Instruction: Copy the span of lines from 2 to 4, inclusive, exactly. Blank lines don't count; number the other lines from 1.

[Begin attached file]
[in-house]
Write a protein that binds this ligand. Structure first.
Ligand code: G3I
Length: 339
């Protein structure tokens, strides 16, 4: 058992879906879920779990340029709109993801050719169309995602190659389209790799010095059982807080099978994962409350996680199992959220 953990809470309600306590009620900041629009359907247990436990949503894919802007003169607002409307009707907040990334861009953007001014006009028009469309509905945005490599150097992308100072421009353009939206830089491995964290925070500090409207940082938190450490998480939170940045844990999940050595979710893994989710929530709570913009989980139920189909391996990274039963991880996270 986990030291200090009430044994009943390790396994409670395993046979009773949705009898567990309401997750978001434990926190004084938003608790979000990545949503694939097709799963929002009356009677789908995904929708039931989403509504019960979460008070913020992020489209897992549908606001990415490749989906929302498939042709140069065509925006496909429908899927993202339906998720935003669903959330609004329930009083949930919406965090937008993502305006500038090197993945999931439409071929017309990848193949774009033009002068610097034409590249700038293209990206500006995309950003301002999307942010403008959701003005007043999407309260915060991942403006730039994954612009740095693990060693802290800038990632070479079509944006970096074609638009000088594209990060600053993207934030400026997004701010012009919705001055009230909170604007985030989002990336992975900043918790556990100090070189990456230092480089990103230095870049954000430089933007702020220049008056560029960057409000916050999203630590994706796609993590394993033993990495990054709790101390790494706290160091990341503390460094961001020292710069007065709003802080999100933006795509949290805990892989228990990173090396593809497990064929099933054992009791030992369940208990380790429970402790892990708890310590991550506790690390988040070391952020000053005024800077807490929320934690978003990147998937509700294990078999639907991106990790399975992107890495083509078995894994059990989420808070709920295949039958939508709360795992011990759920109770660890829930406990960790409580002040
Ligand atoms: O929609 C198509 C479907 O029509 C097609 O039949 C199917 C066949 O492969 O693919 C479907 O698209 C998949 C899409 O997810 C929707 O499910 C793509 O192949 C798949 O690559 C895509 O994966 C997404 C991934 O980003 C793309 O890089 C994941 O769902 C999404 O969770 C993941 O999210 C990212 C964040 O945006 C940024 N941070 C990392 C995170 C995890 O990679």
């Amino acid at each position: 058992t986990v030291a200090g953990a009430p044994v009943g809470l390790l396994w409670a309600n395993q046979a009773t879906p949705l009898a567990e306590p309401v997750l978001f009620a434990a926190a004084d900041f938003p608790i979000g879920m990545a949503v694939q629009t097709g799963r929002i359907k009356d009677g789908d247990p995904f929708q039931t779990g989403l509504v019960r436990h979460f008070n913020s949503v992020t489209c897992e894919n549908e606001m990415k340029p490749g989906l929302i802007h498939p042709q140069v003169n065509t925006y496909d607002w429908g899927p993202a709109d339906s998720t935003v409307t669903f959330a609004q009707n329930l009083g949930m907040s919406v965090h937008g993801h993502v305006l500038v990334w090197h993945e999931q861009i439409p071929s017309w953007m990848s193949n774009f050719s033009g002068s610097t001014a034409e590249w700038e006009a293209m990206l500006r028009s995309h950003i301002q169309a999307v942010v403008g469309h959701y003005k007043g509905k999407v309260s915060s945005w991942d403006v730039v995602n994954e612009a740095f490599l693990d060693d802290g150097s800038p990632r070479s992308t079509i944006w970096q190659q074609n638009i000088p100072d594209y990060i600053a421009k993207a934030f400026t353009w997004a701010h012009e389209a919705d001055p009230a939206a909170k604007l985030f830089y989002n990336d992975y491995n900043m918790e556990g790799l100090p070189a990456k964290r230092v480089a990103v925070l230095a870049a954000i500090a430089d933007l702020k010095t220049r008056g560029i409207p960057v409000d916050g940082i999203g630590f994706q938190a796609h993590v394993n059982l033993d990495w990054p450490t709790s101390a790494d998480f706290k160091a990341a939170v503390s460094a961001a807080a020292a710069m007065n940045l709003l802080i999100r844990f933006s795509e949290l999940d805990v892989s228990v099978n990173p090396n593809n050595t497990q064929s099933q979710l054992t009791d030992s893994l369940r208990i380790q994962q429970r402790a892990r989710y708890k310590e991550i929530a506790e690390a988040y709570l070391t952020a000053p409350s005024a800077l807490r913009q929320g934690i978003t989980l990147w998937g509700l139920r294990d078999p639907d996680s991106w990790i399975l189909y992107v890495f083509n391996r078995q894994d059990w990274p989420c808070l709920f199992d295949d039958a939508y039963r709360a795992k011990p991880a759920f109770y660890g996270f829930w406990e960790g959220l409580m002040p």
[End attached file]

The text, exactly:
Write a protein that binds this ligand. Structure first.
Ligand code: G3I
Length: 339